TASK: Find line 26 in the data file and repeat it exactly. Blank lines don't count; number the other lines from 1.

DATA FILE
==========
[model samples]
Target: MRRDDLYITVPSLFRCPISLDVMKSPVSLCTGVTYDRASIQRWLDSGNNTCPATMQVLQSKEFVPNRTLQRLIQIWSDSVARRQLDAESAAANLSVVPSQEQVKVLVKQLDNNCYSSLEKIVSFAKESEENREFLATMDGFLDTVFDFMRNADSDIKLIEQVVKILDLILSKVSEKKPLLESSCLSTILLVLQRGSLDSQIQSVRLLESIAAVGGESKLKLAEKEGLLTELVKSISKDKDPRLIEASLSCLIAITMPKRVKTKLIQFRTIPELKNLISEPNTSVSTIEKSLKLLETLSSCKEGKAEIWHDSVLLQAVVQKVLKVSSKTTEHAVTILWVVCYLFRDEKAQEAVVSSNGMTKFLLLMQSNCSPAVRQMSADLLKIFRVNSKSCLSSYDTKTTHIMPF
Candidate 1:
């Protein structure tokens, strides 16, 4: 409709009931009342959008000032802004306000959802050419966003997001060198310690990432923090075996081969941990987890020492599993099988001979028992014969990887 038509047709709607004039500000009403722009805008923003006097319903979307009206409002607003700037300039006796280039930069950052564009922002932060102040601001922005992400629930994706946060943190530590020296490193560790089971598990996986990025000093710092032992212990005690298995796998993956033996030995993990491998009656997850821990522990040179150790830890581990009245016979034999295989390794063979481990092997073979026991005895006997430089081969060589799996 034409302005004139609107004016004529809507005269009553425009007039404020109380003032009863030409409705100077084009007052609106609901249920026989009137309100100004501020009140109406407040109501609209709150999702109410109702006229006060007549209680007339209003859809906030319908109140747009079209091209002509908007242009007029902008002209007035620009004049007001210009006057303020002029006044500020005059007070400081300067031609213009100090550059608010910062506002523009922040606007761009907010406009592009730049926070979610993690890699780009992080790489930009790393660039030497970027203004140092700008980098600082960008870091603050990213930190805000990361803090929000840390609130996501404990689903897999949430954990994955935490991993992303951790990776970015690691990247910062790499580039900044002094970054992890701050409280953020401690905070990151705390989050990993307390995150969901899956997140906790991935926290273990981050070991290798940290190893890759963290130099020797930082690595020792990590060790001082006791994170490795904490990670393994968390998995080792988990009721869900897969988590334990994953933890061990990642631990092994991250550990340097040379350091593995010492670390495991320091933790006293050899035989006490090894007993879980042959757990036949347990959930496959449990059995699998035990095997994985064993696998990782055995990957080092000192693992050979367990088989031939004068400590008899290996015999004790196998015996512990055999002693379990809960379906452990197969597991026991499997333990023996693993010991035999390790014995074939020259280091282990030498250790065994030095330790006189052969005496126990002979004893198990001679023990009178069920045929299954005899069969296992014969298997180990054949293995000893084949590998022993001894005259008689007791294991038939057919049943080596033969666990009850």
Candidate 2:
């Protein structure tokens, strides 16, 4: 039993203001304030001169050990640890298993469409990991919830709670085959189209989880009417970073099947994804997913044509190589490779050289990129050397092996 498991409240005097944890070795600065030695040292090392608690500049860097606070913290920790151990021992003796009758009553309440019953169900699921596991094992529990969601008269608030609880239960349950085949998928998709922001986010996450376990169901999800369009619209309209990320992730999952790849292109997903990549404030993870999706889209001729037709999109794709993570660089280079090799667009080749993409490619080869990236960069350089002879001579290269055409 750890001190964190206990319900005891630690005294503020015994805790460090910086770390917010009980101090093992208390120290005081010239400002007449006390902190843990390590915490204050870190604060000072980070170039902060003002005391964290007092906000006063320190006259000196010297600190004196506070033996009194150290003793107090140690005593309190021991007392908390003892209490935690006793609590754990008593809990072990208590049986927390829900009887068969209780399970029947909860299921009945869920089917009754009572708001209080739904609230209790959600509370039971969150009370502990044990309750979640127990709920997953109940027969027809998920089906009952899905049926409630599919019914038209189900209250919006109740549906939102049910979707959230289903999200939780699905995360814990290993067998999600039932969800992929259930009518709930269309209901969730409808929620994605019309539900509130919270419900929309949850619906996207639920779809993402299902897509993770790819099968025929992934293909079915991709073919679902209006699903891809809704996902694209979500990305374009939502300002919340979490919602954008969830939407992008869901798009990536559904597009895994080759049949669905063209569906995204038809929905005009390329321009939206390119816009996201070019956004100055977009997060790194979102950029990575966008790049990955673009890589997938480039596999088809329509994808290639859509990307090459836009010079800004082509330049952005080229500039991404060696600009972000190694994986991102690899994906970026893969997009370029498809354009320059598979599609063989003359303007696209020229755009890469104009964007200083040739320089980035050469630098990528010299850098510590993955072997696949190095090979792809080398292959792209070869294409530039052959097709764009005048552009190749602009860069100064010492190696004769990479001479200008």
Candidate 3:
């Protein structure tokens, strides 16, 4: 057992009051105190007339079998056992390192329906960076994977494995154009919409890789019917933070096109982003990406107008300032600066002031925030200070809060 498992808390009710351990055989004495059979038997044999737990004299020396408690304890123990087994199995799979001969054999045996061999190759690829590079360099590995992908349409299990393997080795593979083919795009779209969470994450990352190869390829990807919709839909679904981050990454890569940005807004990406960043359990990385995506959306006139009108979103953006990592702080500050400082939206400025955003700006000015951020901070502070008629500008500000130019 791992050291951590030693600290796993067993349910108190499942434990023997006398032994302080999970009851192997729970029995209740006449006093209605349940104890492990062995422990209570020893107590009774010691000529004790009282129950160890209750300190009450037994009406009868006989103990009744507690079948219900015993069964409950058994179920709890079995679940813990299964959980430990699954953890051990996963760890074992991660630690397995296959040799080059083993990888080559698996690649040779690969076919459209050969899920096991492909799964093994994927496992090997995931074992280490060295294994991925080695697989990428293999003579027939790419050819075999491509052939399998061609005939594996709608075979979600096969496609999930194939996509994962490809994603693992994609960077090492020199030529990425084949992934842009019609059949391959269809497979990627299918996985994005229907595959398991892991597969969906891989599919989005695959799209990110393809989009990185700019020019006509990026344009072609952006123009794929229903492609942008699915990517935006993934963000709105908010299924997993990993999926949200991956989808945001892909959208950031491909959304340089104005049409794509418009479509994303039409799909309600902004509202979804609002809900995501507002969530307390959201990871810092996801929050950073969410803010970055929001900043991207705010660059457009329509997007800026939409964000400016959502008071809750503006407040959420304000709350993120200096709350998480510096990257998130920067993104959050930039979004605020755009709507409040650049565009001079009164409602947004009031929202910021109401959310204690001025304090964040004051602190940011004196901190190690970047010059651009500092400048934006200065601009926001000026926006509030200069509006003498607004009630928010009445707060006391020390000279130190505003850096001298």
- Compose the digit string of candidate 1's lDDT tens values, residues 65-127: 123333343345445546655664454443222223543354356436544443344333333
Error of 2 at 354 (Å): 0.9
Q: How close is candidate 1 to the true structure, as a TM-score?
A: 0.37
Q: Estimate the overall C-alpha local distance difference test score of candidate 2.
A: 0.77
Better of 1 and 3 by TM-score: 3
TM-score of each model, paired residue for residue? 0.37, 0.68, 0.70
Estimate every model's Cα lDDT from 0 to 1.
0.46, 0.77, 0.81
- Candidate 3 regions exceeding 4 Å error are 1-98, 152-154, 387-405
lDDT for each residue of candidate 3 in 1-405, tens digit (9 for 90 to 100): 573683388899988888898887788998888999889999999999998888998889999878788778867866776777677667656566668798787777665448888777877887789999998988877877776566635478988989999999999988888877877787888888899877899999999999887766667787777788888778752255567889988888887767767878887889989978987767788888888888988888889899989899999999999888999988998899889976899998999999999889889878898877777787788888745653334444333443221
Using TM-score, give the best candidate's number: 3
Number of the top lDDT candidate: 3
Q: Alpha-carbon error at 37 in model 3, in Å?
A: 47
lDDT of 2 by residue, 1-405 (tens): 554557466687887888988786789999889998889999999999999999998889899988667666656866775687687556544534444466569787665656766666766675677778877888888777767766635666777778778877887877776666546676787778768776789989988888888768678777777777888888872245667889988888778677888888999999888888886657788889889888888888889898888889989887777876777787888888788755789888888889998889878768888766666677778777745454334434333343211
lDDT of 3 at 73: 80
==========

lDDT of 3 at 73: 80